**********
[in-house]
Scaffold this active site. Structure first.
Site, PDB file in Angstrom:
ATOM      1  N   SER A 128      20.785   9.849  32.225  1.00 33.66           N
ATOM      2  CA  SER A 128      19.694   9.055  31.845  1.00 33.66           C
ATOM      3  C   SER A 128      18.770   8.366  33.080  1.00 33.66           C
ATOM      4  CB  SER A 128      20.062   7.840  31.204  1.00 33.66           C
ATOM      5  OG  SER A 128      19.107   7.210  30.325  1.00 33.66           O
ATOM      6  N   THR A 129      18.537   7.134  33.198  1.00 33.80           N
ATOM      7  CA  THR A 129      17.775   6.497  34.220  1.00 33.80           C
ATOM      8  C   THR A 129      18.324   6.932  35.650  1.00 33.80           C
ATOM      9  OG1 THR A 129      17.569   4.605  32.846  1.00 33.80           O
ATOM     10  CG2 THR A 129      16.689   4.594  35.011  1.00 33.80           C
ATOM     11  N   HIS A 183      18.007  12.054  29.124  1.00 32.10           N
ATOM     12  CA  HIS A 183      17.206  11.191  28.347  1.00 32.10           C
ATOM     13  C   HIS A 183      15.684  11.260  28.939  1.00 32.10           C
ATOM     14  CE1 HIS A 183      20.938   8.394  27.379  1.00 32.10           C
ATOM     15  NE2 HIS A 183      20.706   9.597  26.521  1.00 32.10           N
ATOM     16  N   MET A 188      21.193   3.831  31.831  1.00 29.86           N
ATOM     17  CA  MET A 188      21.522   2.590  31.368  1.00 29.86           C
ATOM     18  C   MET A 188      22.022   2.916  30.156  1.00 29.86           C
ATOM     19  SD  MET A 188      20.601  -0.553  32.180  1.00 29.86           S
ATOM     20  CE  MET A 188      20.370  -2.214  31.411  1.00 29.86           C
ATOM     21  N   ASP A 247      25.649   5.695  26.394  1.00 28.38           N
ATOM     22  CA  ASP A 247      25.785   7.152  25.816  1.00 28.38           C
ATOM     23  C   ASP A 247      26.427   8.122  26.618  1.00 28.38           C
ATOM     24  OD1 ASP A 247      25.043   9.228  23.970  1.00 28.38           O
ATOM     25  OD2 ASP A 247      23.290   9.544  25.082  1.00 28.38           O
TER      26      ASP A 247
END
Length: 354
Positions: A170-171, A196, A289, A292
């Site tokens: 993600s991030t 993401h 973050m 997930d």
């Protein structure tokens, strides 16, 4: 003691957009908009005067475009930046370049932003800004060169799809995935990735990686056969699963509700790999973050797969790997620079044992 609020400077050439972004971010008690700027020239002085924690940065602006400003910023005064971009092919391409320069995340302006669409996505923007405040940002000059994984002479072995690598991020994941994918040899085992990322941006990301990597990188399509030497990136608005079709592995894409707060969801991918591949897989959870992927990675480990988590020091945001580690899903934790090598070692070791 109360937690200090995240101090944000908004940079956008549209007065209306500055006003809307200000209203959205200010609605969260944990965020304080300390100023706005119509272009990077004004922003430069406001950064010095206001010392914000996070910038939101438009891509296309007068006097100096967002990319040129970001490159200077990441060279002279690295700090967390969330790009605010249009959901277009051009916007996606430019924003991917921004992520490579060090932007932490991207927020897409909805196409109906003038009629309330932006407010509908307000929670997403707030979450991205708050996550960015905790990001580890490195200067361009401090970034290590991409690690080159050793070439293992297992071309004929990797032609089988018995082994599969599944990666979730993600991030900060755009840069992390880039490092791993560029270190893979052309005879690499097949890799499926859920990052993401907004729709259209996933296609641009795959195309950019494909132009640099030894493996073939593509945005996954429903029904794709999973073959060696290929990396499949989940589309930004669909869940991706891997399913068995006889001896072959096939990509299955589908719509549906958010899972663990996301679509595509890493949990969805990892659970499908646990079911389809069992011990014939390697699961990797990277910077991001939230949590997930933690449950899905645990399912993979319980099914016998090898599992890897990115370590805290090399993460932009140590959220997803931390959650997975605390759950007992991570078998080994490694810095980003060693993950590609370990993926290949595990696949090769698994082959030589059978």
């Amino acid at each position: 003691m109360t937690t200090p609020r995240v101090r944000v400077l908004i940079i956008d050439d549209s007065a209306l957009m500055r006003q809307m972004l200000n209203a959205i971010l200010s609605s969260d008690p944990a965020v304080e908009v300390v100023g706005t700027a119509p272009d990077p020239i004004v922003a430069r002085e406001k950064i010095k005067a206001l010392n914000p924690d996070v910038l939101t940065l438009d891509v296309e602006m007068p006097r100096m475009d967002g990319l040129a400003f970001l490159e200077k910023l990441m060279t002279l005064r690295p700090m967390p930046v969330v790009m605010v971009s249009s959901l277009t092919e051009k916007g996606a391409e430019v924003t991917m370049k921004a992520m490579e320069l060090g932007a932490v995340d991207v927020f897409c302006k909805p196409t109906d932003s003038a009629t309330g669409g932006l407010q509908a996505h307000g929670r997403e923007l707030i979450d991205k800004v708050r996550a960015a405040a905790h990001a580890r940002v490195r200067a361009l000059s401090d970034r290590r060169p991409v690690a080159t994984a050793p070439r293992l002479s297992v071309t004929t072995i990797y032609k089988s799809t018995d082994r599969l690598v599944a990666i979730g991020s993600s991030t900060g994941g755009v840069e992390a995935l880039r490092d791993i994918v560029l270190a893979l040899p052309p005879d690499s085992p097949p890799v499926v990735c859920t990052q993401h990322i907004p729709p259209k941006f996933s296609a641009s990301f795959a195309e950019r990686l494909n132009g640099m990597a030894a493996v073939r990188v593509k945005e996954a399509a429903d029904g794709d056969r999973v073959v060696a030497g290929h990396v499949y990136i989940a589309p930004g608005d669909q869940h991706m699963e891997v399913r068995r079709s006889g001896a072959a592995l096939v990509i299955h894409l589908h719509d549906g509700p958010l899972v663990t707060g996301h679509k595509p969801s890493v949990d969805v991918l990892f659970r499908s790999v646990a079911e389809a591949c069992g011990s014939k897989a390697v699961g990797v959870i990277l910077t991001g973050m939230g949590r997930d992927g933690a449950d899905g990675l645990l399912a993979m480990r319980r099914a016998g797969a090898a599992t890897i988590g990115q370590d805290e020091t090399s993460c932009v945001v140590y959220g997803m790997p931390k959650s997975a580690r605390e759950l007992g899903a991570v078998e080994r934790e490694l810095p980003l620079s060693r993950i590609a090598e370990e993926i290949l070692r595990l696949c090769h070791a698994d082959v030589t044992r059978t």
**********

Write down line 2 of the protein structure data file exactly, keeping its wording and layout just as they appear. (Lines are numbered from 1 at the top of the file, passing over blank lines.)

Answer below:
Scaffold this active site. Structure first.